Anyway, I have now made this page, which is actually just an embedded version of the Google docs spreadsheet I’m using to track all my Grouse Grind hikes, so that I can keep better records!!
Hey, remember how I spent weeks tweeting and Facebooking that you should vote for my friend Rick to win a trip to hike in Banff and get a bunch of money from a charity of his choosing? As it turns out, he won that1! Thanks to all of you who voted for Rick2!
By winning the contest, Rick automatically3 gets $15,000 for his charity of choosing – the The Kidney Foundation of Canada. But there’s more! There’s the opportunity to raise even more money! For every dollar that gets donated on Rick’s donation page (up to $5,000), Banff Lake Louise Tourism will match it. That’s the chance for $10,000 more to go to The Kidney Foundation of Canada!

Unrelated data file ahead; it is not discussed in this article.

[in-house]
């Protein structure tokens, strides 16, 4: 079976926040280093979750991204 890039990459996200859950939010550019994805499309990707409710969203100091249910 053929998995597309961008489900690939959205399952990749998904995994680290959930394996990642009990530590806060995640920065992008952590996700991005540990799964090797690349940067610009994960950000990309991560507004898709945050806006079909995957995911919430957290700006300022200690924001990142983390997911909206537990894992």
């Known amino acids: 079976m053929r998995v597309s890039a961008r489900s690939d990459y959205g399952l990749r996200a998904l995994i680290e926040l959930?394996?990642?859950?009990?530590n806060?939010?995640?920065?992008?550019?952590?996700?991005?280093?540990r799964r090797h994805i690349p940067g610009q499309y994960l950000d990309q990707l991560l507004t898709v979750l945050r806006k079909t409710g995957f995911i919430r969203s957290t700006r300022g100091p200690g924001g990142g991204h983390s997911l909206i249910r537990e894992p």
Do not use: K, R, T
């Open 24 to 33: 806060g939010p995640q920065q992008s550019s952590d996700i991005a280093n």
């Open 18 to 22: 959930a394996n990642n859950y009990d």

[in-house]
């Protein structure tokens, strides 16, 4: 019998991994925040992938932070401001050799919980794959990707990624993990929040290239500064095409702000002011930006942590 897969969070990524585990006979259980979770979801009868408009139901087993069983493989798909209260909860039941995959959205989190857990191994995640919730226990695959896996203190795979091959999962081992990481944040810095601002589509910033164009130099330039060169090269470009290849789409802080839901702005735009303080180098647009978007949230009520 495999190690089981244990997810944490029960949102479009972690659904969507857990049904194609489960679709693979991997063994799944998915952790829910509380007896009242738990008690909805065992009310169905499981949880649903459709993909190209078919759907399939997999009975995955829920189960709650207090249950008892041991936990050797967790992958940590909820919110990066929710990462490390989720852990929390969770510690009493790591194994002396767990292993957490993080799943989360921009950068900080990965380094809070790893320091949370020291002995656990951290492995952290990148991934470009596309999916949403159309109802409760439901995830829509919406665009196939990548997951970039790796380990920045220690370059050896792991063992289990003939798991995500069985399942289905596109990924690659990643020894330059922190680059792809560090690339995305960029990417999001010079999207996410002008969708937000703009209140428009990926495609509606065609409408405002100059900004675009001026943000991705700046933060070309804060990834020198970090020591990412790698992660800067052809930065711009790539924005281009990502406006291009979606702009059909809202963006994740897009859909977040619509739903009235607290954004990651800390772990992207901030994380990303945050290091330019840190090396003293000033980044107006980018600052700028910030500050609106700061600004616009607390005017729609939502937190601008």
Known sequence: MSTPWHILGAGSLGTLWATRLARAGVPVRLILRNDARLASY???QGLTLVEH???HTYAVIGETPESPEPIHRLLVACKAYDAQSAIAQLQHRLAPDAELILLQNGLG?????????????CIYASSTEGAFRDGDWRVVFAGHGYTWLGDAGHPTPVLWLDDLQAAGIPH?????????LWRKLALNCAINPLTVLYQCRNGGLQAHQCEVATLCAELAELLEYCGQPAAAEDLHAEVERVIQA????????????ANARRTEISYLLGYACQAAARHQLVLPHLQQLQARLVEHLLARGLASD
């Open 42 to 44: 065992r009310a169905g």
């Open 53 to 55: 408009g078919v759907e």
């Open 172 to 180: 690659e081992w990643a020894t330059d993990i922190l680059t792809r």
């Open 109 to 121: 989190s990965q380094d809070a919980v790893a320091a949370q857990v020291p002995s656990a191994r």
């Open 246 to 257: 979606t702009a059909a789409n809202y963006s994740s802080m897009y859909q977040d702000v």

So, you know what to do! Go to Rick’s donation page and donate what you can! And if you aren’t in the position to donate, please spread the word!
Now if you’ll excuse me, I’m off to donate!
We climbed Mount Baldy 1 in Shawnigan Lake. It was pretty steep and there was a fair bit of sheer rock that I found myself having to climb up like I was Spider-Man and I was totally hot and sweaty2, but it was totally worth it for this view:
Devon is not cool enough to do a jump shot.
Yesterday, I did my first Grouse Grind of the season!1